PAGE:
Dillon resumed his practice and also served as Los Angeles County district attorney from 1893-1895, with one of his innovations being the introduction of an official auditor to keep the books for the office. He was also very interested in mining and citrus raising, having the “Colorado Orchards” near Long Beach, as well as a Nevada railroad (he’d had rail experience in Colorado, as well.) Dillon was involved with the Los Angeles Police Commission, headed the Juvenile Court Association, and was a well-known writer and orator.
One of only two Latinos (the other was Arcadia Bandini de Baker, featured in the first part of this post) among the “Makers of Los Angeles” was Tomás Lorenzo Duque (1853-1915). A native of Havana, Cuba, Duque was educated at a Quaker school in Philadelphia while in his early to mid teens and, at sixteen, was part of failed coup attempt that was captured in the Bahamas. After a brief period in Jamaica, Duque went to Panama and worked for a railroad and the Pacific Mail Steamship Company.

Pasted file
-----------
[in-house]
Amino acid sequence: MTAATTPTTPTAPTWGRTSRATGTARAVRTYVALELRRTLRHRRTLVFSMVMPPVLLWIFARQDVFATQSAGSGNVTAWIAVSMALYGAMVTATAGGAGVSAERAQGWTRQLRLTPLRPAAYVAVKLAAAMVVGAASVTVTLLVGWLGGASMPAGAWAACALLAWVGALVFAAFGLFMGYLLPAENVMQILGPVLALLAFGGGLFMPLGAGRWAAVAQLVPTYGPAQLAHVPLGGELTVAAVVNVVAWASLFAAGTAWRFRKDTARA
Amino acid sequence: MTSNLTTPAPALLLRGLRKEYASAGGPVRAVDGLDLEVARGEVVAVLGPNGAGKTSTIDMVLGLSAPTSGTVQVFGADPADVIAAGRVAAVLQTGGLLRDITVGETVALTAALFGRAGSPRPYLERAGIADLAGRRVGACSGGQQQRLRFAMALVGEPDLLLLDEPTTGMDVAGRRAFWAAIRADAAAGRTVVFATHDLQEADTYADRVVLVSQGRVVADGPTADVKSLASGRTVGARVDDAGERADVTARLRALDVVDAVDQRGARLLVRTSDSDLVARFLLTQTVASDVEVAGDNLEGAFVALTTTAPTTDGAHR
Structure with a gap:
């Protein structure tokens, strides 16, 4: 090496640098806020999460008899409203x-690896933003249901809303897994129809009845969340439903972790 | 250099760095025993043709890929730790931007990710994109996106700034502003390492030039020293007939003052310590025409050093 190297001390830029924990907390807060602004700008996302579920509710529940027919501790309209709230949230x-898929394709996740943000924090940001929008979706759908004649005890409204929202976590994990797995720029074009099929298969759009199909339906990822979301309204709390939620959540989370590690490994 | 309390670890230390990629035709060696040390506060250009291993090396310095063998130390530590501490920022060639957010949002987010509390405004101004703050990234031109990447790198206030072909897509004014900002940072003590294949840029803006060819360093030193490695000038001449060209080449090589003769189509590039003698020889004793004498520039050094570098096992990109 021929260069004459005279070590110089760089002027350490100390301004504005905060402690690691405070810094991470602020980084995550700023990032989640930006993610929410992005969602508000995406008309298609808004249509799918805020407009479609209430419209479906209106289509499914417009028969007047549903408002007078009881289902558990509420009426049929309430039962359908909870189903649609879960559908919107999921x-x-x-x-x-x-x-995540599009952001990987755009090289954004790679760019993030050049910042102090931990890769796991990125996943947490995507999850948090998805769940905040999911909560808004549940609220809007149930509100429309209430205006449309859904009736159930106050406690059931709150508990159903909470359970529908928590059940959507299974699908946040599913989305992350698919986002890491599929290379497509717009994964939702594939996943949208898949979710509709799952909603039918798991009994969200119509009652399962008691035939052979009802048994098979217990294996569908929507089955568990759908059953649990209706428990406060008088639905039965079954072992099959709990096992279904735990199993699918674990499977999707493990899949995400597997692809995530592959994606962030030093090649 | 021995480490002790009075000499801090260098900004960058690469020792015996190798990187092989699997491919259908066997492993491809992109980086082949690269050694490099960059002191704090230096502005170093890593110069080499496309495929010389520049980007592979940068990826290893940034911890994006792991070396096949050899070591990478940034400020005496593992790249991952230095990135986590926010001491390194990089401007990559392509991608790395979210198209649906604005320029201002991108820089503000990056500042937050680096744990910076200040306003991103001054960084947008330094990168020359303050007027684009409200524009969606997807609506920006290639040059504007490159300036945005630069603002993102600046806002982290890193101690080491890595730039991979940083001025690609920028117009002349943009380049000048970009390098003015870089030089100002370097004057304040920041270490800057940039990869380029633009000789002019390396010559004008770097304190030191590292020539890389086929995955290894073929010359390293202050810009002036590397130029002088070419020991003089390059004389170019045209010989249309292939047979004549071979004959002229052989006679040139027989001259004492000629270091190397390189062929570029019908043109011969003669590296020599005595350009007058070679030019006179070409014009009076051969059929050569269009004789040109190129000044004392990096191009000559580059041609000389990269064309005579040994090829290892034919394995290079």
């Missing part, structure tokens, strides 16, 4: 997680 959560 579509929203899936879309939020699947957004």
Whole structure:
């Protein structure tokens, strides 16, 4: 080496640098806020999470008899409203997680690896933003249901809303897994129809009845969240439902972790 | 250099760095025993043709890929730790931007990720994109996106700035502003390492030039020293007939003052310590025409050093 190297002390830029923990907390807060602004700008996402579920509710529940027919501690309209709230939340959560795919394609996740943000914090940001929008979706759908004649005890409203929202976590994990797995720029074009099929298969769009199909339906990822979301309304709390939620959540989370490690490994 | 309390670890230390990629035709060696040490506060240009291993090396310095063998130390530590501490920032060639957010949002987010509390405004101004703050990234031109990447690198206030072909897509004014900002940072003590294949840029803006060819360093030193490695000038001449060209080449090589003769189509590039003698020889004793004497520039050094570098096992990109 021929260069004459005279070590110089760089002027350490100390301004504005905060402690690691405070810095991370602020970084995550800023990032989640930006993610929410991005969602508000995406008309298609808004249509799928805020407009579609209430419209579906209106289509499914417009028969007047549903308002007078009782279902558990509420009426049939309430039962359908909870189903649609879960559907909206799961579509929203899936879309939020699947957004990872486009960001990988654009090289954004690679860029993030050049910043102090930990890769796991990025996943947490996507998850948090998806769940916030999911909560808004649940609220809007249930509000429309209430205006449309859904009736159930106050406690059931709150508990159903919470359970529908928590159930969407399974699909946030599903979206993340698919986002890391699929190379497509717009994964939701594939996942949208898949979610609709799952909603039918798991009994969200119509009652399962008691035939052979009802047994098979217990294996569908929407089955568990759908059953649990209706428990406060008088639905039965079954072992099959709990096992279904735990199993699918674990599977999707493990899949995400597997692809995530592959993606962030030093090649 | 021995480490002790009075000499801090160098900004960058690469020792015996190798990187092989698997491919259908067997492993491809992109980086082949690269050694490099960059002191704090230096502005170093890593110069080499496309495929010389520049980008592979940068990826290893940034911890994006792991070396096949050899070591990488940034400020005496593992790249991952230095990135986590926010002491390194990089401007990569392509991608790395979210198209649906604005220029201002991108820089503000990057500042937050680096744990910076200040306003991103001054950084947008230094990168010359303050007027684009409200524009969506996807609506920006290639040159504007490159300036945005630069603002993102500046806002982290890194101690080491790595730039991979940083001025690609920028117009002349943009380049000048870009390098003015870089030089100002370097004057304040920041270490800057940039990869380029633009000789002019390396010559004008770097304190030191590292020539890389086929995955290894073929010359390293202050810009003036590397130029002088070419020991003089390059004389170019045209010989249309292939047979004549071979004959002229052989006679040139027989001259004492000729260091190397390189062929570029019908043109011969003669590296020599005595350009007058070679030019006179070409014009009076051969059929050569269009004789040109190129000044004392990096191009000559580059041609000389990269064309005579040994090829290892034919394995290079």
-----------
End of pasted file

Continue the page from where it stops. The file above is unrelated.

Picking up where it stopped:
Duque spent a few years in his native Cuba during the 1880s, but came to Los Angeles in April 1888 as that boom mentioned above was about to wind down. Within a few years, he became a director of the prominent Farmers’ and Merchants’ Bank of Los Angeles and was also president of the Security Savings Bank of Los Angeles, as well as president of the Main Street Savings Bank before it merged with Security. Duque also served as consul for Cuba, Ecuador and Honduras and, in San Diego County, was president and operator of the San Felipe Land and Water Company, which was engaged in a controversial removal of indigenous people, and a director of a bank in San Diego.